Recent discussion on repairing a split kayak with caution that linear can be welded and cross linked not, got me wondering - How do you know? I realize a manufacturer might identify which, but is there a definitive method (outside of a high tech materials lab) to ID material as to plain linear low density polyethylene, or cross linked or now super linear?
I would call the manufacturer. I believe nearly all polyethylene boats these days are linear poly (specifically super-linear poly), but I could be wrong. Jackson Kayak was actually one of the last makers of plastic whitewater kayaks to switch from cross-link to linear. Here is an article from EJ on why he stuck with cross-link so long:
Back in the very early days of rotomolded whitewater kayaks, nearly all were cross-link PE. Back then boats made of linear PE were much less stiff and did not seem to be as strong. But Perception had pretty much switched to linear PE by the early 1990s. Dagger offered boats in either cross-link or linear PE well into the 1990s.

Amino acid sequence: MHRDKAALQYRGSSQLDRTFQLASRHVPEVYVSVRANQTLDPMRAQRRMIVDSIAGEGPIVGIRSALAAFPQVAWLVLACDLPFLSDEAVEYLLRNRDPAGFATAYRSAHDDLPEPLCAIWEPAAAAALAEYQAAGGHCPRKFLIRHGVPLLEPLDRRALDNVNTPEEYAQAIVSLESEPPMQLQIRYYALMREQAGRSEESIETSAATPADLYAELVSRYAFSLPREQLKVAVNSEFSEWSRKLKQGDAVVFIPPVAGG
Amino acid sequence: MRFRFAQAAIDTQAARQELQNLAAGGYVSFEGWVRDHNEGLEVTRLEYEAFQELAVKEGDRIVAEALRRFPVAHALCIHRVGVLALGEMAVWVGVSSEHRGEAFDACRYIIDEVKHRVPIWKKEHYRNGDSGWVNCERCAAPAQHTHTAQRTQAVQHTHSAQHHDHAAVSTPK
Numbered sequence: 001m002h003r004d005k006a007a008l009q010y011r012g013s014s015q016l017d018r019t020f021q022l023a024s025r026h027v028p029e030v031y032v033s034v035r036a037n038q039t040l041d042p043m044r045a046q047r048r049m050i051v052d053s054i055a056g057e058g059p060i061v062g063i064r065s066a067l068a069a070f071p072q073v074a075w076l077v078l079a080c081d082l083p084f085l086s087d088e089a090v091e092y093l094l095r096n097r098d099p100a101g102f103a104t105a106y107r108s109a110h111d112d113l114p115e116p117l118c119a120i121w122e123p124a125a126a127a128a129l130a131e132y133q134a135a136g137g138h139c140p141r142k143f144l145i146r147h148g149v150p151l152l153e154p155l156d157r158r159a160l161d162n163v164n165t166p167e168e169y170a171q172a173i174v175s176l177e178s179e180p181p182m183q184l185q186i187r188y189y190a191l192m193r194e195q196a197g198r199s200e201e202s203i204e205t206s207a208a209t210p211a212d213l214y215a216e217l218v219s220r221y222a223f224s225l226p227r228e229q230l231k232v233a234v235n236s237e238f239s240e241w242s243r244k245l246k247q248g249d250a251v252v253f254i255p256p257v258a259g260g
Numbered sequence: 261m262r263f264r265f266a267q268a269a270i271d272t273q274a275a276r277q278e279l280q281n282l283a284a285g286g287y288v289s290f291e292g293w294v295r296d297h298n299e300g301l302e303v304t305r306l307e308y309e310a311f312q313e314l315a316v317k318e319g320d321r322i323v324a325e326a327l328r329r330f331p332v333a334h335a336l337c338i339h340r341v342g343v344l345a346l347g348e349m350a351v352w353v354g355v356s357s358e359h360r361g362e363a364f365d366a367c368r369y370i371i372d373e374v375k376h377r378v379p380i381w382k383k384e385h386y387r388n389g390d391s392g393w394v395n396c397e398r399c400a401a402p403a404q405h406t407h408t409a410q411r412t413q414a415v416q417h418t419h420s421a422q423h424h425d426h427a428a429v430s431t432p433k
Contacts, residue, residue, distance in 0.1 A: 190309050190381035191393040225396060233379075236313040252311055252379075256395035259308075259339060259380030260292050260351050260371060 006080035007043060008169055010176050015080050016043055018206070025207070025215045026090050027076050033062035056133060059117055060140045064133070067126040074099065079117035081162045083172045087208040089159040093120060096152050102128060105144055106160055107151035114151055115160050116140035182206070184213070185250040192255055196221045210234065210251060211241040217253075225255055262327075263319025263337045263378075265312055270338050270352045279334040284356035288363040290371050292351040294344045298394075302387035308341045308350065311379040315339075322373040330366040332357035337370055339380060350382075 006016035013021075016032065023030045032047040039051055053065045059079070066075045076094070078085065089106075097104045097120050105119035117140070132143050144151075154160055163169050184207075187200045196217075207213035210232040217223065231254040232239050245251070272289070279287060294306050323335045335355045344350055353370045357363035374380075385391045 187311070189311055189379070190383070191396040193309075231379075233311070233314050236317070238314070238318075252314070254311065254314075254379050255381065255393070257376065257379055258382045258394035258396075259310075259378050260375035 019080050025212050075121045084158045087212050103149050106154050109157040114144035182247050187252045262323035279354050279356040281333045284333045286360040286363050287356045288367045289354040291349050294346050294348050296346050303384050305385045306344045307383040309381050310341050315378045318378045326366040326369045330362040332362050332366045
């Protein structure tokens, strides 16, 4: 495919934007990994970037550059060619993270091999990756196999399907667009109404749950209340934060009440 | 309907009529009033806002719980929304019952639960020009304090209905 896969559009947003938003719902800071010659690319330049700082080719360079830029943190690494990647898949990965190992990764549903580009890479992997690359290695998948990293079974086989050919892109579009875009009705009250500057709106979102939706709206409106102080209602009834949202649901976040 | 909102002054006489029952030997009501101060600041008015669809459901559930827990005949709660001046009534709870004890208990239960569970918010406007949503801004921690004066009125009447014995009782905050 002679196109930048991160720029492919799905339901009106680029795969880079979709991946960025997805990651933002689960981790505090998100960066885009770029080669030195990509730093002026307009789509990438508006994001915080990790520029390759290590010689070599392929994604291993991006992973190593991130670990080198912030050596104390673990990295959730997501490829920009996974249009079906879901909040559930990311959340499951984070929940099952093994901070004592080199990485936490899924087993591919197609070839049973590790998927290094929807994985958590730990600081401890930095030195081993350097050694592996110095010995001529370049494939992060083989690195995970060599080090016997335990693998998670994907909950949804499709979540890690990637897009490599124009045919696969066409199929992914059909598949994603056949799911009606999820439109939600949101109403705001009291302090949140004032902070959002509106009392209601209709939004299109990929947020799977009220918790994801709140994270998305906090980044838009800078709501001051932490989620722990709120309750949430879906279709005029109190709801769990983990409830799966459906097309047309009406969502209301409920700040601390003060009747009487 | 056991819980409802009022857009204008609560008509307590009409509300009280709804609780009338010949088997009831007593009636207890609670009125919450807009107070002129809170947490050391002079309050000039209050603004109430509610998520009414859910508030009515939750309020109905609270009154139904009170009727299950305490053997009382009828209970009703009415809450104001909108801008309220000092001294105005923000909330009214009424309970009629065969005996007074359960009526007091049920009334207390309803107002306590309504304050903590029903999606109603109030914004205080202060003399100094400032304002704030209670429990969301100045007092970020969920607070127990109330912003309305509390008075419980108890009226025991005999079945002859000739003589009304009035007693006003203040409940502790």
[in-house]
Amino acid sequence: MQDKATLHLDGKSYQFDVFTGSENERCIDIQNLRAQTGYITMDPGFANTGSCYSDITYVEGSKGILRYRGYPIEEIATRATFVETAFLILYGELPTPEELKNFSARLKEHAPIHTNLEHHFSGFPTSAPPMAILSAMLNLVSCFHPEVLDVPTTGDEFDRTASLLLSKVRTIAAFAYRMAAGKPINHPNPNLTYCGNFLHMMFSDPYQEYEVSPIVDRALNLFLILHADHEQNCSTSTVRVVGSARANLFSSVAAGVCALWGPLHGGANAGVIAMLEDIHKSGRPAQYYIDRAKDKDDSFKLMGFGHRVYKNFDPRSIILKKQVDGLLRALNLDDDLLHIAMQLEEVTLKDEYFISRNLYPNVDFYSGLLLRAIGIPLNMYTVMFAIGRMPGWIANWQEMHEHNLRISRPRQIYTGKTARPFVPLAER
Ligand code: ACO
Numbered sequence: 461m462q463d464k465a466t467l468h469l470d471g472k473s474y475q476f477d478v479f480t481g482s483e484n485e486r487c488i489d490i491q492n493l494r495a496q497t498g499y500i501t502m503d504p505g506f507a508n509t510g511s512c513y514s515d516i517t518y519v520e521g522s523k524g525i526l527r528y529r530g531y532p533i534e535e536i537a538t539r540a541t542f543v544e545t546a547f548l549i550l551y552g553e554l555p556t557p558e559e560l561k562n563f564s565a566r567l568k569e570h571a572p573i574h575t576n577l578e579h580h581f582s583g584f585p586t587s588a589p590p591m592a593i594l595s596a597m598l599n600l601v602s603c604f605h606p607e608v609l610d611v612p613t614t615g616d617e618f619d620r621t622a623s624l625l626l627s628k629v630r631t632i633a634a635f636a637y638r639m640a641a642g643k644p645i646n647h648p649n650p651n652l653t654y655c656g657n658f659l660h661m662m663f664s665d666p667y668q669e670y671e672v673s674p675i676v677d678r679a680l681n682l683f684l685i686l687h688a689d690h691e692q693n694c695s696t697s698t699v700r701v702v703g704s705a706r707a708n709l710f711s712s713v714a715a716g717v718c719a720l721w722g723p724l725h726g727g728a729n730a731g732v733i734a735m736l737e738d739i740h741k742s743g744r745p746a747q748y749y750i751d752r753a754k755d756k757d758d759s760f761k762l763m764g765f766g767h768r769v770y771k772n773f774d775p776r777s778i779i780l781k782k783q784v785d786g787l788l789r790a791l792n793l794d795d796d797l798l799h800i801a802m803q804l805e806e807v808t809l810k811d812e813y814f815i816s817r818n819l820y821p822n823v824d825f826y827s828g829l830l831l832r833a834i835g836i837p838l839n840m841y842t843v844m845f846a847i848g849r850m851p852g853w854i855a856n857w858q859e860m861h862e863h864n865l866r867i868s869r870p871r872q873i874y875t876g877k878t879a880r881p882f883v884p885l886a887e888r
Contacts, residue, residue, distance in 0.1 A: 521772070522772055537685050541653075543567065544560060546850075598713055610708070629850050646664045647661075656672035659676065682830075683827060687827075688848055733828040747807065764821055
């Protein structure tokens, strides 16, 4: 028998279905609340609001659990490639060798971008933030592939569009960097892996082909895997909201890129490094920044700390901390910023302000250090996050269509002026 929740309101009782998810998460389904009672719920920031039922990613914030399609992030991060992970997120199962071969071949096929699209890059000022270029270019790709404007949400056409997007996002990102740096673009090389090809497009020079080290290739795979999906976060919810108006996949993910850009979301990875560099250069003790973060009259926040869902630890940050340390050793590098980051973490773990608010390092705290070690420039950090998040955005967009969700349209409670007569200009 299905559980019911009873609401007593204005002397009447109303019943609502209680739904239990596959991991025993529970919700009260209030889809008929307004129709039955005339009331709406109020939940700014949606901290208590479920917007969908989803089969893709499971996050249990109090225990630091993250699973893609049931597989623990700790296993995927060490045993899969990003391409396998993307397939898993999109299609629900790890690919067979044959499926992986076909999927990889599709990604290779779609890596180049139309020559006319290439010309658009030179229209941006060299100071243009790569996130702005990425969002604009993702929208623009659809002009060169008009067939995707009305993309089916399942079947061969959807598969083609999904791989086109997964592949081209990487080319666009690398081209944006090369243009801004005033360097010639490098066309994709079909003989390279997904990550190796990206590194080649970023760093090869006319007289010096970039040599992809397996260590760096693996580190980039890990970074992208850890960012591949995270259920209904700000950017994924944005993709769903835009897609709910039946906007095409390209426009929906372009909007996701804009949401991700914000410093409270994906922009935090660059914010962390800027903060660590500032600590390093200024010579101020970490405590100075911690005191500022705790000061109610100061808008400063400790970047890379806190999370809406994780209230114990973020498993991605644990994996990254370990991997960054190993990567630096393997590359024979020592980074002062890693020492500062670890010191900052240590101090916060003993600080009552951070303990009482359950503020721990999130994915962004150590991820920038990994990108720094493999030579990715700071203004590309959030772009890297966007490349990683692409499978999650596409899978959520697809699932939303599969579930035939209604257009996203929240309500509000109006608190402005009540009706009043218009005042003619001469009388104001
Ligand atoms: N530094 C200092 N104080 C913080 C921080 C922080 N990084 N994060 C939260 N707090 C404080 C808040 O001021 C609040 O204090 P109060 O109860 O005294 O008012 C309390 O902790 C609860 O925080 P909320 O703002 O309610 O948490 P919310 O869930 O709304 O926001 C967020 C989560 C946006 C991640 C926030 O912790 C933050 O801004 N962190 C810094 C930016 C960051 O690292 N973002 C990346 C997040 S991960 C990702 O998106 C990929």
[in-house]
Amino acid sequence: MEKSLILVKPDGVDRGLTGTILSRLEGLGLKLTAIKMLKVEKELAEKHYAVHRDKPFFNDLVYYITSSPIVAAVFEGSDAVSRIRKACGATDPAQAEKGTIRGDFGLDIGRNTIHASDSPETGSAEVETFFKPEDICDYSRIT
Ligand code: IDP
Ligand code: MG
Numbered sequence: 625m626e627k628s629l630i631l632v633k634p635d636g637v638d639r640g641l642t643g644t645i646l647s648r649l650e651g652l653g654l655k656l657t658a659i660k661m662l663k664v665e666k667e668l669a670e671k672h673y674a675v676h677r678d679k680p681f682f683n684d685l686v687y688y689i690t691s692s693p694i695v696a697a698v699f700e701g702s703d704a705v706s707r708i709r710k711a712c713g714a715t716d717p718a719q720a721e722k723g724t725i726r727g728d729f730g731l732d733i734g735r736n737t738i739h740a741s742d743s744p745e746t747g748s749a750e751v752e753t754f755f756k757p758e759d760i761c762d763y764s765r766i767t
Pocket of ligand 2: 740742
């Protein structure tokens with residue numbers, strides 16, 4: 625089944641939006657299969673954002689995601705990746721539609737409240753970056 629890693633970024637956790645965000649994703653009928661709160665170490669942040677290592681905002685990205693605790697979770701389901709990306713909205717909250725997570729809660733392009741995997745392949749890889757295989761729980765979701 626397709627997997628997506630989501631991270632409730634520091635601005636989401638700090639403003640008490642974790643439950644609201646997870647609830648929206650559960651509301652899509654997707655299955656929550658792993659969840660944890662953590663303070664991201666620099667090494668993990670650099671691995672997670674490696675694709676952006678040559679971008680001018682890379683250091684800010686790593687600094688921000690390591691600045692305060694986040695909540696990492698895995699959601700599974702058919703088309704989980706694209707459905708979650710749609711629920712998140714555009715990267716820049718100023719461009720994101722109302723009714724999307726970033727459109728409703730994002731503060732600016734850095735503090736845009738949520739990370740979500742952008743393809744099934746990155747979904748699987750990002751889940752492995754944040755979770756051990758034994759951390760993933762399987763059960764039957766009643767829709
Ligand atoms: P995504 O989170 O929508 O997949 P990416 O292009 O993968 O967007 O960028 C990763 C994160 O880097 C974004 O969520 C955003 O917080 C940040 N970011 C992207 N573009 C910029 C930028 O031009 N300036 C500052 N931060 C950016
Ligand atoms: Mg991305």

Back then, Dagger’s cross-link kayaks were all multi-color swirl patterns and the linear boats were solid colors, or maybe I have that backwards.
If you have an older PE kayak and can’t get the information from the manufacturer based on the HIN and you really need to know you can take a small shaving of material from the inside of the cockpit rim. Heat it with a propane torch. If it melts, it is linear. If it holds its shape but sparks, and then catches fire, it is cross-link.
Necky when in Canada used cross-linked in their poly SOTs identified by black flecks mixed in.
I was lucky enough to have one.
I understand one drawback to cross-linked is that it is non recyclable but now very little poly from kayaks is being recycled anyway.